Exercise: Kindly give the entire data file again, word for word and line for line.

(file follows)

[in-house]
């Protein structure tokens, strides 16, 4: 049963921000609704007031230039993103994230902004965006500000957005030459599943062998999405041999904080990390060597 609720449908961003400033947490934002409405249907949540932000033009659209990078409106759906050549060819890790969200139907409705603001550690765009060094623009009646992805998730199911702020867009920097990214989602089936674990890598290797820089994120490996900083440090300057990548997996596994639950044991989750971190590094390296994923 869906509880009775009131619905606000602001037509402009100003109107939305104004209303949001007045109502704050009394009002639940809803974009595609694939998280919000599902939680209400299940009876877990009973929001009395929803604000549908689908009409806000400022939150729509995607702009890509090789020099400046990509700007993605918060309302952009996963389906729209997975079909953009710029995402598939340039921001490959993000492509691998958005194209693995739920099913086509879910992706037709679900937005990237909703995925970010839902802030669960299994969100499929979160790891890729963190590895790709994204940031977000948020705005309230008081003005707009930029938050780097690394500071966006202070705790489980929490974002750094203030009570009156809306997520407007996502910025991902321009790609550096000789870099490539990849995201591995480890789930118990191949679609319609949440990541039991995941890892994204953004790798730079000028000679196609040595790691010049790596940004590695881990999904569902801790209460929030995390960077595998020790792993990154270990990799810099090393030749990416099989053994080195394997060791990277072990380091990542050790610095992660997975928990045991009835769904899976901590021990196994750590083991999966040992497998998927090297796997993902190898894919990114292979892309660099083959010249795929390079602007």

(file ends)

[in-house]
């Protein structure tokens, strides 16, 4: 049963921000609704007031230039993103994230902004965006500000957005030459599943062998999405041999904080990390060597 609720449908961003400033947490934002409405249907949540932000033009659209990078409106759906050549060819890790969200139907409705603001550690765009060094623009009646992805998730199911702020867009920097990214989602089936674990890598290797820089994120490996900083440090300057990548997996596994639950044991989750971190590094390296994923 869906509880009775009131619905606000602001037509402009100003109107939305104004209303949001007045109502704050009394009002639940809803974009595609694939998280919000599902939680209400299940009876877990009973929001009395929803604000549908689908009409806000400022939150729509995607702009890509090789020099400046990509700007993605918060309302952009996963389906729209997975079909953009710029995402598939340039921001490959993000492509691998958005194209693995739920099913086509879910992706037709679900937005990237909703995925970010839902802030669960299994969100499929979160790891890729963190590895790709994204940031977000948020705005309230008081003005707009930029938050780097690394500071966006202070705790489980929490974002750094203030009570009156809306997520407007996502910025991902321009790609550096000789870099490539990849995201591995480890789930118990191949679609319609949440990541039991995941890892994204953004790798730079000028000679196609040595790691010049790596940004590695881990999904569902801790209460929030995390960077595998020790792993990154270990990799810099090393030749990416099989053994080195394997060791990277072990380091990542050790610095992660997975928990045991009835769904899976901590021990196994750590083991999966040992497998998927090297796997993902190898894919990114292979892309660099083959010249795929390079602007």